The spotlight on commodity index funds and their impact on markets continues to burn brightly following a scathing report from Sen. Carl Levin (D-MI), chairman of the U.S. Senate Permanent Subcommittee on Investigations, and Sen. Tom Coburn (R-OK), acting ranking minority member. The report claims that commodity index traders, in the aggregate, have made such large purchases on the Chicago wheat futures market that they "have pushed up futures prices, disrupted the normal relationship between futures prices and cash prices for wheat, and caused farmers, grain elevators, grain processors, consumers and others to experience significant unwarranted costs and price risks."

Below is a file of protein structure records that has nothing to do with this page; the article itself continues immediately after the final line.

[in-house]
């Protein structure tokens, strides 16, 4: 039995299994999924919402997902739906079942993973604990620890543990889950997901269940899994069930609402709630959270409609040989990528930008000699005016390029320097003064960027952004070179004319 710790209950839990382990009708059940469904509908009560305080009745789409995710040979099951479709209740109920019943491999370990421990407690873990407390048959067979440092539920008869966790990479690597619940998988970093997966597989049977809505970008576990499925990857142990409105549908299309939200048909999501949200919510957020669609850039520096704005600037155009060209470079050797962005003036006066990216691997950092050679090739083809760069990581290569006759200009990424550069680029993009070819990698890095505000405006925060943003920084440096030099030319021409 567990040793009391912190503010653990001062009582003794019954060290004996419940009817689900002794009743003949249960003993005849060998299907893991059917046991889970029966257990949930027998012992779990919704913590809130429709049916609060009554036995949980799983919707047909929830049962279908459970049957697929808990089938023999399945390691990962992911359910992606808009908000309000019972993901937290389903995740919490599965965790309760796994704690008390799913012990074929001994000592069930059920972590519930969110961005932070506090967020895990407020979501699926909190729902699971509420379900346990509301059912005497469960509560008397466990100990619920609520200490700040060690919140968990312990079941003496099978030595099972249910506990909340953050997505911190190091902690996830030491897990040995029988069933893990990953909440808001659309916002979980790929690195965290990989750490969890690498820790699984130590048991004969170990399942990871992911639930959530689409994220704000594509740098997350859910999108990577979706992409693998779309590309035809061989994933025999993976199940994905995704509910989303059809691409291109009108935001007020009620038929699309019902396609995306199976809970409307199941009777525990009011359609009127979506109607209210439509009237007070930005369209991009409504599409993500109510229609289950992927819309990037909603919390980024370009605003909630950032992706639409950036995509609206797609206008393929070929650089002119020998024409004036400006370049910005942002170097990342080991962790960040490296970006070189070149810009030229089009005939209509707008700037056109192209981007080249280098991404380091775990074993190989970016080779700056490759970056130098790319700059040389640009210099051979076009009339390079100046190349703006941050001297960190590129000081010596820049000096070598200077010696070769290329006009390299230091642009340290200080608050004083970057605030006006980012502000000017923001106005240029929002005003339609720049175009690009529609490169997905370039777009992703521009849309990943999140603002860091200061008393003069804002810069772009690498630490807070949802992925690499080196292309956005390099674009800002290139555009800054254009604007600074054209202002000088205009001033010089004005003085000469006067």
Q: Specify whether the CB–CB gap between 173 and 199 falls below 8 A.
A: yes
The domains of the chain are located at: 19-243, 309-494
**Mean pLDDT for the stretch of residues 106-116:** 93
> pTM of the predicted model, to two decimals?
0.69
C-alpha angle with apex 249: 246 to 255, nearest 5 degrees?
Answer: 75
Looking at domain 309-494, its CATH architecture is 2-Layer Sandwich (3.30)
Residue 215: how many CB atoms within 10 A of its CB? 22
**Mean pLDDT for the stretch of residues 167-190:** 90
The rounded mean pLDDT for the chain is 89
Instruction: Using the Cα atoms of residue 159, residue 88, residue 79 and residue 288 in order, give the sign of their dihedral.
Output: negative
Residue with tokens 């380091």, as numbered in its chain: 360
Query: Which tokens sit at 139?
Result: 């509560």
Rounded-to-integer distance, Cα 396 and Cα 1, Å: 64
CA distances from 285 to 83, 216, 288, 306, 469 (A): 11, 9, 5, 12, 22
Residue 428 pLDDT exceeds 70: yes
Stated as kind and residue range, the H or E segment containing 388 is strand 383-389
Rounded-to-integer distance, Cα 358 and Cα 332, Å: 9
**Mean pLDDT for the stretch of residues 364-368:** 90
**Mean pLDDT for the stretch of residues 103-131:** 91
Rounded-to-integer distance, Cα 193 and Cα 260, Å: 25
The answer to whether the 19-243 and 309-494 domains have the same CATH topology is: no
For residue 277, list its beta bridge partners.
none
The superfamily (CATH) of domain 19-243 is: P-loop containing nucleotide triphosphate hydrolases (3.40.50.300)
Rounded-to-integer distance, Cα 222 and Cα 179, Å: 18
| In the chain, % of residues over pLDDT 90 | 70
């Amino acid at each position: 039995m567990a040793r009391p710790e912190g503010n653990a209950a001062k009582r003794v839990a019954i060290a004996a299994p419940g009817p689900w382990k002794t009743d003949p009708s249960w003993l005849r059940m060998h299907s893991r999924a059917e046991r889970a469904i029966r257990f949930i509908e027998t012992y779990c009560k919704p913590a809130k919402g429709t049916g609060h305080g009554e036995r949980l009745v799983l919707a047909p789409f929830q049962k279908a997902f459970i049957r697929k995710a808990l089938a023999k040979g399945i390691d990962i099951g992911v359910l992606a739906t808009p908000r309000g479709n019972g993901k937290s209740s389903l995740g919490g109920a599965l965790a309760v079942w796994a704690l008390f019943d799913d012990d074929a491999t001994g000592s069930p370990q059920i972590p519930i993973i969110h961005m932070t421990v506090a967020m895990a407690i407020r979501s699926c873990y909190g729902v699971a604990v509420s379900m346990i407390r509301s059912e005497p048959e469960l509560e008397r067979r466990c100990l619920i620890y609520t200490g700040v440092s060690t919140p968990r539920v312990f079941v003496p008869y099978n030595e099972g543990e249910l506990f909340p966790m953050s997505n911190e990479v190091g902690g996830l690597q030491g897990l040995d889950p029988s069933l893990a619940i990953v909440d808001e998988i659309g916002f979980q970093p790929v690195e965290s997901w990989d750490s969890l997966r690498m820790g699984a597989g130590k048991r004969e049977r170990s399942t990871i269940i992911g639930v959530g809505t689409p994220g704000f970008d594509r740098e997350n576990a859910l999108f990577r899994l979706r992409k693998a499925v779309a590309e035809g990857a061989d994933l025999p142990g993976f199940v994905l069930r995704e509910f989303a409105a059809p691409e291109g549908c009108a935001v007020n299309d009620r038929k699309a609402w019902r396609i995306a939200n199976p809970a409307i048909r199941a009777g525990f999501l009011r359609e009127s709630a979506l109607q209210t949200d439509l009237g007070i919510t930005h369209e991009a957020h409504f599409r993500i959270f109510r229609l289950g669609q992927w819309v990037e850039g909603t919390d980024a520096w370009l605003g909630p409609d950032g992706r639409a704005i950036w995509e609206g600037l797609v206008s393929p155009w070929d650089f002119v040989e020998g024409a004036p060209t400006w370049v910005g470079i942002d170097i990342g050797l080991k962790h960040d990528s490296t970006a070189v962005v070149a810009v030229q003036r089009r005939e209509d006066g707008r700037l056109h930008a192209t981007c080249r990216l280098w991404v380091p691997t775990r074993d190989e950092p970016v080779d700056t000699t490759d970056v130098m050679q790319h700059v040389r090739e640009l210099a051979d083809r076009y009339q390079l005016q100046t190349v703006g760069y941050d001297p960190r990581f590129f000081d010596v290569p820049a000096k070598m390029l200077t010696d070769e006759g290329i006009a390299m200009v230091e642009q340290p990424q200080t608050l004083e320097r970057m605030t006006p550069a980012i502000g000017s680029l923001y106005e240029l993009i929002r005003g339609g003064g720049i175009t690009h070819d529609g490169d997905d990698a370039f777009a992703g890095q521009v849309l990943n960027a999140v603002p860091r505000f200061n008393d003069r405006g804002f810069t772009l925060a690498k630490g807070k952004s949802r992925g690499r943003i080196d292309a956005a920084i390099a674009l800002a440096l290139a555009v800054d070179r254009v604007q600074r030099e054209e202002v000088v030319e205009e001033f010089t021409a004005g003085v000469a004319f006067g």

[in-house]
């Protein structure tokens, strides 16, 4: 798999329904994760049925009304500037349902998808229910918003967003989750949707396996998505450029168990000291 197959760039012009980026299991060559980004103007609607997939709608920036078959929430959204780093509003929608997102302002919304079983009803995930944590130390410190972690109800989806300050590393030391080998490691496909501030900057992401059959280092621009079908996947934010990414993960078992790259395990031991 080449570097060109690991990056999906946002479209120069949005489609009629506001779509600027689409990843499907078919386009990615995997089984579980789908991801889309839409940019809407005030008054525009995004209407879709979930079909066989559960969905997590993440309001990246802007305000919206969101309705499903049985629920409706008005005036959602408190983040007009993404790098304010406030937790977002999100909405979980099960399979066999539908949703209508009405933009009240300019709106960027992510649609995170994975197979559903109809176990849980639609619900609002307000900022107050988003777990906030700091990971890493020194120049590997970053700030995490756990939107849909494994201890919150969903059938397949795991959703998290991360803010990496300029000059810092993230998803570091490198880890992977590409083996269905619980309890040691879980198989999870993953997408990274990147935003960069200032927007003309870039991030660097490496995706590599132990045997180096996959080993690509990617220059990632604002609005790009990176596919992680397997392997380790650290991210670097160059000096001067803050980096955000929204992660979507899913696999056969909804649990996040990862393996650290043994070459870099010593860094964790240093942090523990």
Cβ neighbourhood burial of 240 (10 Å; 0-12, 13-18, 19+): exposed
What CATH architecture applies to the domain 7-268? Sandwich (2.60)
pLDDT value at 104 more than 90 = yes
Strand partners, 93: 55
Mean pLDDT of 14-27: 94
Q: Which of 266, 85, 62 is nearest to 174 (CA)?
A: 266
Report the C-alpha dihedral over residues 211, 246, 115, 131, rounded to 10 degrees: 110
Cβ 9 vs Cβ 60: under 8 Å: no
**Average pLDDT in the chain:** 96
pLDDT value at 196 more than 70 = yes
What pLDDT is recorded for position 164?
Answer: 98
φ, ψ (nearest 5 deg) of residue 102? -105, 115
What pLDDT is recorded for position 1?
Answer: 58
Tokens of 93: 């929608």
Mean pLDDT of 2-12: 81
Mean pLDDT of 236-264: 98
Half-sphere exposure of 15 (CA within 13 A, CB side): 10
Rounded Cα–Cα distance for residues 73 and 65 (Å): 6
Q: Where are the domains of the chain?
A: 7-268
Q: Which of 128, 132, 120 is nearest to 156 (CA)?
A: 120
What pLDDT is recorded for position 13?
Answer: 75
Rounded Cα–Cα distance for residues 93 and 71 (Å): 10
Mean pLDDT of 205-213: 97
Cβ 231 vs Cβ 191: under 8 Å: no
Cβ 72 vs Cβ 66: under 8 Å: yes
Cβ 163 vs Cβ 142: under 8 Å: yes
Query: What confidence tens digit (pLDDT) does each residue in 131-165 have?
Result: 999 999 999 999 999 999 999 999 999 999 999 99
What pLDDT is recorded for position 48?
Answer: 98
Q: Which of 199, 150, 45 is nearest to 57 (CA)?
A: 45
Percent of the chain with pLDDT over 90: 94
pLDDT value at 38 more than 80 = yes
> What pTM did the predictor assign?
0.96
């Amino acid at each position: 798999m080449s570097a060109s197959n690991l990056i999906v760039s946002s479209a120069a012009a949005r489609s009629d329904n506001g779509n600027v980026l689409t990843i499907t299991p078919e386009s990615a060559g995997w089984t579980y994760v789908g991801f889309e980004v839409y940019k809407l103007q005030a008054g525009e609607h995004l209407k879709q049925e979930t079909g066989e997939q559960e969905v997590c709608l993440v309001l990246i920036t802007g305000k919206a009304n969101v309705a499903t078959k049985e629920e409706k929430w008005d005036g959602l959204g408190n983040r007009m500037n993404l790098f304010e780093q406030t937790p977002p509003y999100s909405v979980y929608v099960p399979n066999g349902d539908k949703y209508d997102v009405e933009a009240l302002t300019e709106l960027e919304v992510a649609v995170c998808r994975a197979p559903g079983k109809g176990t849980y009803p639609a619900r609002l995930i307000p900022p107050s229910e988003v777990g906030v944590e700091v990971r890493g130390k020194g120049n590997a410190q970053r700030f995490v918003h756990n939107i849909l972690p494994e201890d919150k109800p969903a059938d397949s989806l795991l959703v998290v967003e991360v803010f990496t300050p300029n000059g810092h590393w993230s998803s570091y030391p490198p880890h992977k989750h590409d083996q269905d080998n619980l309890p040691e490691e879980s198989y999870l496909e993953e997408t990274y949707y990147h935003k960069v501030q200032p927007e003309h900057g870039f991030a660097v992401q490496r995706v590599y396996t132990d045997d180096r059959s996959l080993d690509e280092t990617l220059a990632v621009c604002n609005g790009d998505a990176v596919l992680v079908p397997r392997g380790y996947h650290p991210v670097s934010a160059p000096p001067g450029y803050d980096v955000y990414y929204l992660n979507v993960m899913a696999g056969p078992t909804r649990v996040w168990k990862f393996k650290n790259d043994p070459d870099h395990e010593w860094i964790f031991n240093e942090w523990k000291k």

The 247-page report released last Tuesday is the fifth in a series released by the subcommittee on commodity pricing since 2003. The first four focused on energy prices, including for gasoline, crude oil and natural gas (see NGI, July 2, 2007). Two have focused on how excessive speculation can distort commodity prices.
"In the last three years, speculators have spent billions of dollars on commodity indexes, and the financial firms selling those index instruments have purchased billions of dollars in commodity futures to offset their financial risks, creating price disruptions for producers and consumers," said Levin.